Florida Department of Juvenile Justice Secretary Wansley Walters has personally revised her agency’s recommendations about sanctions for the teenagers accused of beating a 13-year-old on a school bus in Gulfport. She is now advocating a tougher form of probation. The department previously had recommended giving two of the three 15-year-olds nine months of a program known as court-supervised probation. Prosecutors had recommended they get at least a stricter form of probation known as DJJ-supervised probation; upon further consideration, the DJJ determined that the highly violent nature of the incident warrants highly structured probation under DJJ supervision, as the state attorney’s office recommended.
Despite a decline in juvenile offending over the past decade, the population of youth confined in pre-trial secure detention has steadily grown. On an average day, more than 27,000 youth are estimated to reside in locked detention centers — a number that has grown 72 percent since the early 1990s. Further, many jurisdictions continue to rely on incarceration for youth in spite of research demonstrating that juvenile detention has critical, long-lasting consequences for court-involved juveniles.
In many cases, if a juvenile is given an alternative sentence, it is in the form of treatment or punishment in the community rather than incarceration. There are a few exceptions, many times allowing for the court to combine different forms of treatment and punishment. Sometimes, this blending of the sentences of a juvenile offender who has committed a serious crime may end in the offender receiving a sentence that combines both a juvenile sentence and an adult sentence.
The State would wish that all juvenile offenders, regardless of the seriousness of their offenses, leave the system understanding that actions have consequences and that they are responsible for their own actions. No prison sentence can achieve this result for every offender, but mediation, restitution, and rehabilitation programs are some much more beneficial ways to encourage offenders to take personal responsibility for the harm inflicted by their acts.
School-based probation is a supervision model in which the juvenile probation officer works directly in the school rather than the traditional courthouse environment. This model allows the probation officer to contact clients more frequently, observe client interactions with peers and behavior in a social setting, and actively enforce conditions of probation such as school attendance.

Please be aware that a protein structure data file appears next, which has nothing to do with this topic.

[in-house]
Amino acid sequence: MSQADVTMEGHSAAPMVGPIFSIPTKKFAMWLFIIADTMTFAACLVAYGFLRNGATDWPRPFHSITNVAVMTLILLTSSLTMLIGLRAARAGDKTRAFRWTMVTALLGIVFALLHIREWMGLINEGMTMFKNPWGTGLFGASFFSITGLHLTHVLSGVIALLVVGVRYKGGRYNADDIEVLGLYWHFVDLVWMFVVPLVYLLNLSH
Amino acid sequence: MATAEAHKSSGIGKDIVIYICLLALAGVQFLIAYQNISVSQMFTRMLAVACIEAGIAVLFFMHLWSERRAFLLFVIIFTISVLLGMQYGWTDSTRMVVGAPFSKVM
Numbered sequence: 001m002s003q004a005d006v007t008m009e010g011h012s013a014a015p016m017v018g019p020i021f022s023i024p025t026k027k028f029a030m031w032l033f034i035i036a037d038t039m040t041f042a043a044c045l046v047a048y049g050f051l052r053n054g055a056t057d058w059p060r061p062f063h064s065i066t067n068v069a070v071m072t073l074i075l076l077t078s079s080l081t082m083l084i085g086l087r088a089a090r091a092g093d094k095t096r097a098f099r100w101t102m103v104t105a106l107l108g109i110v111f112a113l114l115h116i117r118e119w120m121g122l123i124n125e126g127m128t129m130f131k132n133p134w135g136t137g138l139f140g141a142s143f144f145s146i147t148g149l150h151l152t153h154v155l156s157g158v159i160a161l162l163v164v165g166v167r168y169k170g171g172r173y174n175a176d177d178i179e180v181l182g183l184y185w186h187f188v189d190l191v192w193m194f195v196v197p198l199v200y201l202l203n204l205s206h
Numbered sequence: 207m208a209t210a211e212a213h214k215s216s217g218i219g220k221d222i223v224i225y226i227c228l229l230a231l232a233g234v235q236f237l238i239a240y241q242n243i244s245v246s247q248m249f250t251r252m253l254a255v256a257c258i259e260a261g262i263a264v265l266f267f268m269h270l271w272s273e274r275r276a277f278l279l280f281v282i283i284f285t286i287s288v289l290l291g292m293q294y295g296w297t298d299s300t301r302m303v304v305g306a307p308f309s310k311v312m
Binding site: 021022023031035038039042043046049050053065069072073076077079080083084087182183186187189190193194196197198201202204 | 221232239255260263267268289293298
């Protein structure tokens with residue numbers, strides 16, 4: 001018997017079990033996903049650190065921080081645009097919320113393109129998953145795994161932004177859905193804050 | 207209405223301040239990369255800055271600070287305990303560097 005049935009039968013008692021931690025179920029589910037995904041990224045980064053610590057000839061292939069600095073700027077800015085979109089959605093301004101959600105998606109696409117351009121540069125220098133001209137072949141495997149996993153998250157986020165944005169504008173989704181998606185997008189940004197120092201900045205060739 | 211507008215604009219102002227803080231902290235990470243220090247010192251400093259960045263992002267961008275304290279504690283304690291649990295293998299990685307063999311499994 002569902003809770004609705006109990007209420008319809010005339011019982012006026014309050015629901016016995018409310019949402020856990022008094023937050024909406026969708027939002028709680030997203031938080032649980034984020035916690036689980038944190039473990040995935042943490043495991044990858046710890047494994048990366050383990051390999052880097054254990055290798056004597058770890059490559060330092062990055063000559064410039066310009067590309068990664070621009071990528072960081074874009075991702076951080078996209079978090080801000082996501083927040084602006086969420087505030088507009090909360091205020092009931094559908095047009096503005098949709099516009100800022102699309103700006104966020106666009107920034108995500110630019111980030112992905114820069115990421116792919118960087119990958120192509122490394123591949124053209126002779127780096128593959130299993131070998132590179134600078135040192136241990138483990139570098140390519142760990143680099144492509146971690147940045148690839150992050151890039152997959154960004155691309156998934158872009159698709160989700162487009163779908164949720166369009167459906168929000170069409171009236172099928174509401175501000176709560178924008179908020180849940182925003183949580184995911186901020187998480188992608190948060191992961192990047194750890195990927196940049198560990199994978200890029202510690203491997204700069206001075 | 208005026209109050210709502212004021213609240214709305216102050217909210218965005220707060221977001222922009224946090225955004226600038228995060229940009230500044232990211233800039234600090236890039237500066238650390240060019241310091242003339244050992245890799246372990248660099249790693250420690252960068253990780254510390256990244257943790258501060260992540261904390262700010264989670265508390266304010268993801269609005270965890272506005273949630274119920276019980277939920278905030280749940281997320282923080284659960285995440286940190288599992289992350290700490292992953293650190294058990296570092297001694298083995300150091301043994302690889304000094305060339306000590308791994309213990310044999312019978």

One police department in Illinois has begun passing out green 3-by-5 cards to parents of youths suspected of being involved in crimes. The cards give notice of a time and date for an appointment for the youth and at least one parent or guardian to meet with a juvenile officer. The card also advises parents why the meeting is important, stating, “It may be possible for an Urbana Police Department Juvenile Officer to work with your child and discuss alternative options to the criminal justice system”.
Even if a juvenile has been arrested, the process of going through the court system can be stopped. If one obtains an experienced attorney, one’s attorney can work with the juvenile, the parents, and the prosecutor to see if staying out of the system, clean of a charge, is possible.
In Florida, some juvenile offenders are able to take advantage of one form of alternative punishment, called Pre-trial Intervention (PTI). Pre-trial intervention is a diversionary program administered by the State of Florida through the Department of Corrections (DOC). Eligible individuals who enter into a PTI agreement will be required to participate in a supervised program similar to probation, except at the end of the intervention term, if all conditions are successfully completed, the charge will be dismissed.
The key to obtaining a favorable outcome when young children and juveniles face criminal charges is thorough investigation of the circumstance of the offense. Through proper investigation, one’s experienced juvenile crimes defense attorney can determine if the prosecution has satisfactory evidence to establish guilt, and if so, will be able to help the juvenile fashion a sentence which satisfies the requirement for punishment, but is beneficial to the juvenile’s rehabilitation.
The Forbess Law Firm has been aiding clients who face criminal charges in Jacksonville for years and are here to provide aggressive criminal defense to anyone accused of a crime. If you or a loved one require a Jacksonville criminal defense lawyer, contact our firm today. We are available through our website or by calling us at 904-634-0900.
Additional Source: Tougher probation recommended for teens accused in Gulfport school bus beating, The Tampa Bay Times